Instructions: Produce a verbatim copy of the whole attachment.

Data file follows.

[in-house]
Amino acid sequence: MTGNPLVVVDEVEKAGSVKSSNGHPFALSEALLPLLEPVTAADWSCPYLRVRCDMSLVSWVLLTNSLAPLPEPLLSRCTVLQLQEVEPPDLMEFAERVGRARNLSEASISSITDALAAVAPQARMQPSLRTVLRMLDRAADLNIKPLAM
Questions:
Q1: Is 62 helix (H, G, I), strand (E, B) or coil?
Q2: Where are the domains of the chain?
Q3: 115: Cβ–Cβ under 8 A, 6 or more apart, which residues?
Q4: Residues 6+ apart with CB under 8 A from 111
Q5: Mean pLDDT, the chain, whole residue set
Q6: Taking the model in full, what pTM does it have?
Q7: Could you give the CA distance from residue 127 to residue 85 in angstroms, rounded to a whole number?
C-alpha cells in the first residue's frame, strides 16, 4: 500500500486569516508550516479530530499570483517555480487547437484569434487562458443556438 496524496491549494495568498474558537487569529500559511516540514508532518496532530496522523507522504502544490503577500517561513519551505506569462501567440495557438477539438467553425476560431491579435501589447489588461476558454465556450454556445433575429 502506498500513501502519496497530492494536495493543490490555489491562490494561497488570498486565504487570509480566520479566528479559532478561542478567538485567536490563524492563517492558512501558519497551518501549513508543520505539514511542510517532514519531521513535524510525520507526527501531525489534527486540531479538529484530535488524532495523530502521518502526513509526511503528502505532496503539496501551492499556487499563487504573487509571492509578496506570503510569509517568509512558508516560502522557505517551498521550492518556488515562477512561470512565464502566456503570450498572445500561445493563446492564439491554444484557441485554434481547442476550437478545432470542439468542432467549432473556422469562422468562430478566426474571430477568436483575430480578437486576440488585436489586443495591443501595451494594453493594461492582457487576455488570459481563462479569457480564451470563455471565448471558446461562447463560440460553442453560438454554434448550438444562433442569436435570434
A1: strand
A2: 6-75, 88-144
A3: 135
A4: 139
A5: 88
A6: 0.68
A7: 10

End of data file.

[in-house]
Amino acid sequence: MTGNPLVVVDEVEKAGSVKSSNGHPFALSEALLPLLEPVTAADWSCPYLRVRCDMSLVSWVLLTNSLAPLPEPLLSRCTVLQLQEVEPPDLMEFAERVGRARNLSEASISSITDALAAVAPQARMQPSLRTVLRMLDRAADLNIKPLAM
Questions:
Q1: Is 62 helix (H, G, I), strand (E, B) or coil?
Q2: Where are the domains of the chain?
Q3: 115: Cβ–Cβ under 8 A, 6 or more apart, which residues?
Q4: Residues 6+ apart with CB under 8 A from 111
Q5: Mean pLDDT, the chain, whole residue set
Q6: Taking the model in full, what pTM does it have?
Q7: Could you give the CA distance from residue 127 to residue 85 in angstroms, rounded to a whole number?
C-alpha cells in the first residue's frame, strides 16, 4: 500500500486569516508550516479530530499570483517555480487547437484569434487562458443556438 496524496491549494495568498474558537487569529500559511516540514508532518496532530496522523507522504502544490503577500517561513519551505506569462501567440495557438477539438467553425476560431491579435501589447489588461476558454465556450454556445433575429 502506498500513501502519496497530492494536495493543490490555489491562490494561497488570498486565504487570509480566520479566528479559532478561542478567538485567536490563524492563517492558512501558519497551518501549513508543520505539514511542510517532514519531521513535524510525520507526527501531525489534527486540531479538529484530535488524532495523530502521518502526513509526511503528502505532496503539496501551492499556487499563487504573487509571492509578496506570503510569509517568509512558508516560502522557505517551498521550492518556488515562477512561470512565464502566456503570450498572445500561445493563446492564439491554444484557441485554434481547442476550437478545432470542439468542432467549432473556422469562422468562430478566426474571430477568436483575430480578437486576440488585436489586443495591443501595451494594453493594461492582457487576455488570459481563462479569457480564451470563455471565448471558446461562447463560440460553442453560438454554434448550438444562433442569436435570434
A1: strand
A2: 6-75, 88-144
A3: 135
A4: 139
A5: 88
A6: 0.68
A7: 10